New Happy Hour!
Allow us to introduce you to a favorite French tradition... L’apero! This French version of “happy hour” is an evening ritual that combines drinks, food, and friends. Come rain or shine, anyone enjoying an evening stroll through a French town or city can’t help but notice people flocking to cafe terraces for apero. You don’t have to travel halfway across the world to enjoy this tradition. We’re bringing apero to you Monday-Thursday from 3-6 p.m., offering you special prices on select wines, beers, aperitif cocktails, and our Bites Menu! Santé!
Blue Moon in Print
Blue Moon Over Avila was recently featured in the Small Bites section of Edible SLO’s Ocean Issue (Summer 2018). The local magazine, which celebrates the food and drink culture of San Luis Obispo County, lauds the authentic French atmosphere and menu at Blue Moon without the price tag of traveling to France!
Tips 'n Tricks: Pairing Wines with Food
One of the more difficult parts of a sommelier's job is wine pairing. Often times, we have tasted a wine or tasted a food, but haven't tasted the two together. Instead, we use a few principles or guidelines to help us come up with some pairing ideas for our guests. Here are a few quick tips to help you pair your dishes with wines at home!
Tip 1: If it grows together, it goes together. This is definitely true of longstanding wine and food cultures like France and Italy. If you have a dish from Provence, find a Provencal Rosé or red wine to enjoy it with. Found a recipe from Northern Italy? Try a wine from Piedmont, Tuscany, or Alto Adige. A classic example of this is the pairing of white truffles with Nebbiolo, both of which hail from Alba or Piedmont.
Tip 2: Matchy-Matchy. Find an element in a wine that would match up well with an element in the food. Pair a buttery Chardonnay with a rich dish served in a buttery sauce. The earthy elements of mushroom-based dishes work perfectly with an earthy pinot noir from Oregon or Burgundy. Pinot noir from these slightly cooler and more northerly regions tend to show more earth in the nose and on the palate than those grown in sunny California.
Featured Cocktail: The Sbagliato Rosa
We're big fans of the Spritz around here. Sadly, we can't pour Aperol as we don't have a full liquor license, but we have found some delicious substitutes! One of our current faves is the Sbagliato Rosa. Sbagliato means "mistake" in Italian, and in the cocktail world, a Sbagliato is a twist on the traditional Negroni recipe. Legend has it a bartender in a rush accidentally grabbed a bottle of sparkling wine instead of gin while pouring a Negroni, and was pleased with the result! We have to agree on our end. We make our Sbagliato in a Rosa style, using Sparkling Rosé, Cocchi Rosa, and Cappelletti. Garnished with an orange slice, this slightly bitter, slightly sweet, sparkling cocktail is as refreshing as it is delicious!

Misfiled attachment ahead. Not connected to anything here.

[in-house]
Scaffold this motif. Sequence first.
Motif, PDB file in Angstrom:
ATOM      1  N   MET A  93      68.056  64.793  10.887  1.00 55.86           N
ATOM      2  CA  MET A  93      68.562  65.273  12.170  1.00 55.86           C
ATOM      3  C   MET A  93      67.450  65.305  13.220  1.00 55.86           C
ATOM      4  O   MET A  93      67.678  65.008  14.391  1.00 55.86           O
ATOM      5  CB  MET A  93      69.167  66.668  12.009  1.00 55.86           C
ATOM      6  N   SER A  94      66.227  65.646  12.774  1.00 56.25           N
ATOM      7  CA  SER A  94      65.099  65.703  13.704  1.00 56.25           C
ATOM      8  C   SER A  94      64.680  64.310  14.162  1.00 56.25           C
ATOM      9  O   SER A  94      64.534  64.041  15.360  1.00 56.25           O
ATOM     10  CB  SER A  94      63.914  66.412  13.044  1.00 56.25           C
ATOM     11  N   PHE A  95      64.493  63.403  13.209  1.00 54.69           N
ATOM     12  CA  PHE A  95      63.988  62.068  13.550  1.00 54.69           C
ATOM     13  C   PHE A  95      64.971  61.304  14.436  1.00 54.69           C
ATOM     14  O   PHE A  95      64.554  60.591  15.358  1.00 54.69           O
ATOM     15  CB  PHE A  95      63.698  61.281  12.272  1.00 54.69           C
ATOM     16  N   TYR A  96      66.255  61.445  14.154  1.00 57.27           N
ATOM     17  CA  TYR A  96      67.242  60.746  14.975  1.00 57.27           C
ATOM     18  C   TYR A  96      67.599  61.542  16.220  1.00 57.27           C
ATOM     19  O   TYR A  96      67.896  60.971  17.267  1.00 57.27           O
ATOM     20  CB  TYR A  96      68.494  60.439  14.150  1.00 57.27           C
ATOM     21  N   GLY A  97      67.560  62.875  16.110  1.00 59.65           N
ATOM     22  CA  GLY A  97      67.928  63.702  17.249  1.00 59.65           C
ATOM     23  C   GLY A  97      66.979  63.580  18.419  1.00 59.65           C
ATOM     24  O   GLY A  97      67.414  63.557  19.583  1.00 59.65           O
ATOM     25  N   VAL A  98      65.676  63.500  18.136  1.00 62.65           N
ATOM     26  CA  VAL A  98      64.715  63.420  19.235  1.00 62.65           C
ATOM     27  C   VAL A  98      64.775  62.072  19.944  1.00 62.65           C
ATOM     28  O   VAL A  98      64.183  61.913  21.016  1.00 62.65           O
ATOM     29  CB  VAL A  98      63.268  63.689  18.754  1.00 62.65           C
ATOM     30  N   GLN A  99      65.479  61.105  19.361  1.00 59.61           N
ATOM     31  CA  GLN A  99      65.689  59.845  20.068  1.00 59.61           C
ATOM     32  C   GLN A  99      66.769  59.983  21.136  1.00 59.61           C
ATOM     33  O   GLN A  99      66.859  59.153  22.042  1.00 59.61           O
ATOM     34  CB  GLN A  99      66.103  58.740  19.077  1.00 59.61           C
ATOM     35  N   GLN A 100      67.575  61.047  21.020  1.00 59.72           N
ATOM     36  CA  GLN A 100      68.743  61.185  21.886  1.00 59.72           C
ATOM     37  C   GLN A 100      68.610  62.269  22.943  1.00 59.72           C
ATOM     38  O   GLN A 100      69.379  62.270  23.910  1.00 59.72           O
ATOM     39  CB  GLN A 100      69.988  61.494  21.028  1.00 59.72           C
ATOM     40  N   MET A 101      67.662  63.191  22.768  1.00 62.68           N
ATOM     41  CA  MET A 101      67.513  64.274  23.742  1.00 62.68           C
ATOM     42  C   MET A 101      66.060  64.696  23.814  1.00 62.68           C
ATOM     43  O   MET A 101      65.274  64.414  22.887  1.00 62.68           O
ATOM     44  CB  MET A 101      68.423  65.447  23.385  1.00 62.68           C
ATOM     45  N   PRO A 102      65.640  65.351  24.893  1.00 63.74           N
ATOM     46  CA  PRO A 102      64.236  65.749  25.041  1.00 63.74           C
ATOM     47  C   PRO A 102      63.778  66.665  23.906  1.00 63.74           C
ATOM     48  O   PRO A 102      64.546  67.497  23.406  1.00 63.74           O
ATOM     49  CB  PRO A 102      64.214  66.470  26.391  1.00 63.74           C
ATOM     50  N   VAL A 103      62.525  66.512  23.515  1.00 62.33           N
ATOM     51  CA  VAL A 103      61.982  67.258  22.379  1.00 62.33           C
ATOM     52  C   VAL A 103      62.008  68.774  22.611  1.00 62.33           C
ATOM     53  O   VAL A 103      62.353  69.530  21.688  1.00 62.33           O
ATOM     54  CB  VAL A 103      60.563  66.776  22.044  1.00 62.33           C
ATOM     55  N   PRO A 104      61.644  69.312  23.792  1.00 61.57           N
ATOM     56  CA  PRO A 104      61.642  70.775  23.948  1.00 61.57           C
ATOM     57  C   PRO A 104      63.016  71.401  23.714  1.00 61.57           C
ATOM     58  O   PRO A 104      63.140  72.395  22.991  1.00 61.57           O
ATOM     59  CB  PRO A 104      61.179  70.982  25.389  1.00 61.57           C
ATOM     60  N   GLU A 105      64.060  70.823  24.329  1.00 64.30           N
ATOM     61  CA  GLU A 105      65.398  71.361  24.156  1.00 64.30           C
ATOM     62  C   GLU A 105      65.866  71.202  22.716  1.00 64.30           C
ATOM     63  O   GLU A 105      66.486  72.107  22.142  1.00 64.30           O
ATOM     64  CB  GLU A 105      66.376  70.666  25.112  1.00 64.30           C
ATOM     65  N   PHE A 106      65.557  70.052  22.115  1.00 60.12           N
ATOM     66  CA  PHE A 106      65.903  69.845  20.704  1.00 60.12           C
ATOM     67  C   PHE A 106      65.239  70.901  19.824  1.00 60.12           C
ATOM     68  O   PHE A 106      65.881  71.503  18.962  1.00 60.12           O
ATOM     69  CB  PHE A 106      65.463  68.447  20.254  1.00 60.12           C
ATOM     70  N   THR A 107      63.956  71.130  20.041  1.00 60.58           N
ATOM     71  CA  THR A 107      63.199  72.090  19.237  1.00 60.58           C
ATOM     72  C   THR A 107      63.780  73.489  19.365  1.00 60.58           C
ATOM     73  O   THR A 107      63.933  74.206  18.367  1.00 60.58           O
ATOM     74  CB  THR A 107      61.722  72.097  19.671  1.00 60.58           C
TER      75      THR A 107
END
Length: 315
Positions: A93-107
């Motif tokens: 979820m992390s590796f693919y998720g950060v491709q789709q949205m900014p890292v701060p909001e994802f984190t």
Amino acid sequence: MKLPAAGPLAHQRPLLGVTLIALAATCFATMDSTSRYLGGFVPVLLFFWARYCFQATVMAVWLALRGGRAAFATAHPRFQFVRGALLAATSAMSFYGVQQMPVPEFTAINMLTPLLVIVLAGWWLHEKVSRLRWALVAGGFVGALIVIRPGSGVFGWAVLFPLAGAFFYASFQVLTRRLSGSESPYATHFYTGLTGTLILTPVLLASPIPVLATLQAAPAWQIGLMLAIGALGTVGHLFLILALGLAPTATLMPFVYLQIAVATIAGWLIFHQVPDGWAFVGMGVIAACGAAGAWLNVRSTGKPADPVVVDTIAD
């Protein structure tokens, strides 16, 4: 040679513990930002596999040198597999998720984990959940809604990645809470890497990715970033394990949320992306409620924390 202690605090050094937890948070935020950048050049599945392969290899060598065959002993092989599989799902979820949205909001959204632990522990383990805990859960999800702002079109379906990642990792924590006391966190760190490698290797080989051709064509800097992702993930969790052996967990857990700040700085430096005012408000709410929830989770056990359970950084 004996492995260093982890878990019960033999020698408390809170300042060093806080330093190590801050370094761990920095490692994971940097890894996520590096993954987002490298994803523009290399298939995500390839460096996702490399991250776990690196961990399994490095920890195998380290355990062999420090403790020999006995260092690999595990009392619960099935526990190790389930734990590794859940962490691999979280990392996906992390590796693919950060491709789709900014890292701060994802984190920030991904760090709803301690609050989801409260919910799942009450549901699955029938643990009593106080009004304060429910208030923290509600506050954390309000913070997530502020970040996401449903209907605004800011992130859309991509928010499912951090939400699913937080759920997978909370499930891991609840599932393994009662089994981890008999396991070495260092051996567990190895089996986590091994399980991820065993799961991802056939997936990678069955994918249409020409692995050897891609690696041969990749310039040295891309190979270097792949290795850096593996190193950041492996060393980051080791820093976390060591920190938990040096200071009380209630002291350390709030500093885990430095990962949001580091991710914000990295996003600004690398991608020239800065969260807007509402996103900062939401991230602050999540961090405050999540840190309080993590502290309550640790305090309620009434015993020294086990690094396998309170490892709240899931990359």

From Our Sommelier:
This Month's Wine and Food Pairing
On my last trip to France, I toured the Loire Valley. As I made my way along the Loire and its tributaries, I visited anywhere from two to four wineries per day. No matter the time of day, each winemaker wanted to feed me, and most of our tastings were accompanied by the winemaker’s house-made pâté and a crusty baguette.
Menu Item: House-made pâté, served with French crostini, stone ground mustard, caramelized onions, and cornichons. $12
Wine Pairing: Domaine de la Croix Marie Cabernet Franc, Chinon, France, $38/bottle
About the dish: Part of our All Day Small Plates menu, the pâté is one of my favorite dishes on the menu with which to pair wines. We make our pâté with chicken and duck liver, aromatics such as bay leaves, garlic, capers, sage, and shallots, and marsala wine. It’s a long process, lasting a couple of days, but the resulting product is delicious and well worth the work!
About the wine: Unlike most of the Appellations within the Loire Valley, Chinon is planted mostly to red wine vines, primarily Cabernet Franc. This wine is 100% Cabernet Franc, grown organically by the humble yet talented Marc Plouzeau, pictured above outside of his cellar from my last visit. The wine is aged in neutral oak barrels deep in caves dug directly beneath the Château de Chinon, where the King of France first met Joan of Arc! Medium bodied, with a gorgeous nose of raspberries, cranberries, and notes of green pepper.
Why it works: Cabernet Franc from the Loire Valley shows much more lean, green peppercorn and tart red fruit than most Cabernet Franc we make in California. The high-toned, high-acid of the Chinon cuts right through the fat in the Pâté dish, while the Pâté helps to soften the sharper edges of the wine. The spices in the dish perfectly complement the spice structure of the wine.
Bon Apetit! – Jenna Congdon, Certified Sommelier